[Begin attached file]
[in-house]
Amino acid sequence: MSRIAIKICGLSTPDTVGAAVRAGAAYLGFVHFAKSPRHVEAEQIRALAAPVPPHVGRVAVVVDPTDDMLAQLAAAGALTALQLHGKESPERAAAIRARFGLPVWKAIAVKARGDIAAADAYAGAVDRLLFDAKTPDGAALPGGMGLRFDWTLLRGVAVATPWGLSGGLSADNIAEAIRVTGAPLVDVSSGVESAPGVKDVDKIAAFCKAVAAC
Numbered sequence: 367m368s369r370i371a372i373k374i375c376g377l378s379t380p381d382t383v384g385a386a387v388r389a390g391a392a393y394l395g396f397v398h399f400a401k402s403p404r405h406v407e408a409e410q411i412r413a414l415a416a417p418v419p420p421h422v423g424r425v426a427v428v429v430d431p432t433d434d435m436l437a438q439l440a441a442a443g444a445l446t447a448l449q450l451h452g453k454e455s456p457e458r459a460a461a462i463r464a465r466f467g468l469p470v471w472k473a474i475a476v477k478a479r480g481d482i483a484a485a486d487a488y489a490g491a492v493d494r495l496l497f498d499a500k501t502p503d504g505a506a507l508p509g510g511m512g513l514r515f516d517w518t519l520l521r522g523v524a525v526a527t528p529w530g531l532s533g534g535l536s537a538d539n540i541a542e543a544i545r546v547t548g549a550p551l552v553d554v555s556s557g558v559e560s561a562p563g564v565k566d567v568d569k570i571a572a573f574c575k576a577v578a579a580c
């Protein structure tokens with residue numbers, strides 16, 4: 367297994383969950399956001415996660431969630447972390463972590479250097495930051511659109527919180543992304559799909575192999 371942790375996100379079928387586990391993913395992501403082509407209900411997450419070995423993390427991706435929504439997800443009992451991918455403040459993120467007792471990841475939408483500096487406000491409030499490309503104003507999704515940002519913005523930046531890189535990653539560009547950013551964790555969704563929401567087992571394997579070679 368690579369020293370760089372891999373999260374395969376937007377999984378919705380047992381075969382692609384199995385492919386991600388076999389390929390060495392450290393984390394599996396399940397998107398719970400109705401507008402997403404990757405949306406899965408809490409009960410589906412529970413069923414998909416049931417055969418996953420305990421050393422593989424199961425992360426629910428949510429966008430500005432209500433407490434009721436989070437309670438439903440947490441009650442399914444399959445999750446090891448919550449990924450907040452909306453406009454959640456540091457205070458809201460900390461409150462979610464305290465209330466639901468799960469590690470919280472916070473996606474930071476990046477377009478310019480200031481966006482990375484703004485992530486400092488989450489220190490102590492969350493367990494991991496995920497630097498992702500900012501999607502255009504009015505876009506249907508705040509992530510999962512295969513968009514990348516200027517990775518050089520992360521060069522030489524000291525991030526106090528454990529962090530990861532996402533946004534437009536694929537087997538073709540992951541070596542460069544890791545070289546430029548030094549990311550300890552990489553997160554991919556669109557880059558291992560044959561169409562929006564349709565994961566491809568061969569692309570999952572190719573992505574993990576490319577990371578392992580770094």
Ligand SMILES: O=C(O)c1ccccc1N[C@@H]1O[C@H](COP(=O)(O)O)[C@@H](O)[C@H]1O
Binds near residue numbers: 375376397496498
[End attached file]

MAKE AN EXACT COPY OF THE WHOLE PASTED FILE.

[in-house]
Amino acid sequence: MSRIAIKICGLSTPDTVGAAVRAGAAYLGFVHFAKSPRHVEAEQIRALAAPVPPHVGRVAVVVDPTDDMLAQLAAAGALTALQLHGKESPERAAAIRARFGLPVWKAIAVKARGDIAAADAYAGAVDRLLFDAKTPDGAALPGGMGLRFDWTLLRGVAVATPWGLSGGLSADNIAEAIRVTGAPLVDVSSGVESAPGVKDVDKIAAFCKAVAAC
Numbered sequence: 367m368s369r370i371a372i373k374i375c376g377l378s379t380p381d382t383v384g385a386a387v388r389a390g391a392a393y394l395g396f397v398h399f400a401k402s403p404r405h406v407e408a409e410q411i412r413a414l415a416a417p418v419p420p421h422v423g424r425v426a427v428v429v430d431p432t433d434d435m436l437a438q439l440a441a442a443g444a445l446t447a448l449q450l451h452g453k454e455s456p457e458r459a460a461a462i463r464a465r466f467g468l469p470v471w472k473a474i475a476v477k478a479r480g481d482i483a484a485a486d487a488y489a490g491a492v493d494r495l496l497f498d499a500k501t502p503d504g505a506a507l508p509g510g511m512g513l514r515f516d517w518t519l520l521r522g523v524a525v526a527t528p529w530g531l532s533g534g535l536s537a538d539n540i541a542e543a544i545r546v547t548g549a550p551l552v553d554v555s556s557g558v559e560s561a562p563g564v565k566d567v568d569k570i571a572a573f574c575k576a577v578a579a580c
């Protein structure tokens with residue numbers, strides 16, 4: 367297994383969950399956001415996660431969630447972390463972590479250097495930051511659109527919180543992304559799909575192999 371942790375996100379079928387586990391993913395992501403082509407209900411997450419070995423993390427991706435929504439997800443009992451991918455403040459993120467007792471990841475939408483500096487406000491409030499490309503104003507999704515940002519913005523930046531890189535990653539560009547950013551964790555969704563929401567087992571394997579070679 368690579369020293370760089372891999373999260374395969376937007377999984378919705380047992381075969382692609384199995385492919386991600388076999389390929390060495392450290393984390394599996396399940397998107398719970400109705401507008402997403404990757405949306406899965408809490409009960410589906412529970413069923414998909416049931417055969418996953420305990421050393422593989424199961425992360426629910428949510429966008430500005432209500433407490434009721436989070437309670438439903440947490441009650442399914444399959445999750446090891448919550449990924450907040452909306453406009454959640456540091457205070458809201460900390461409150462979610464305290465209330466639901468799960469590690470919280472916070473996606474930071476990046477377009478310019480200031481966006482990375484703004485992530486400092488989450489220190490102590492969350493367990494991991496995920497630097498992702500900012501999607502255009504009015505876009506249907508705040509992530510999962512295969513968009514990348516200027517990775518050089520992360521060069522030489524000291525991030526106090528454990529962090530990861532996402533946004534437009536694929537087997538073709540992951541070596542460069544890791545070289546430029548030094549990311550300890552990489553997160554991919556669109557880059558291992560044959561169409562929006564349709565994961566491809568061969569692309570999952572190719573992505574993990576490319577990371578392992580770094």
Ligand SMILES: O=C(O)c1ccccc1N[C@@H]1O[C@H](COP(=O)(O)O)[C@@H](O)[C@H]1O
Binds near residue numbers: 375376397496498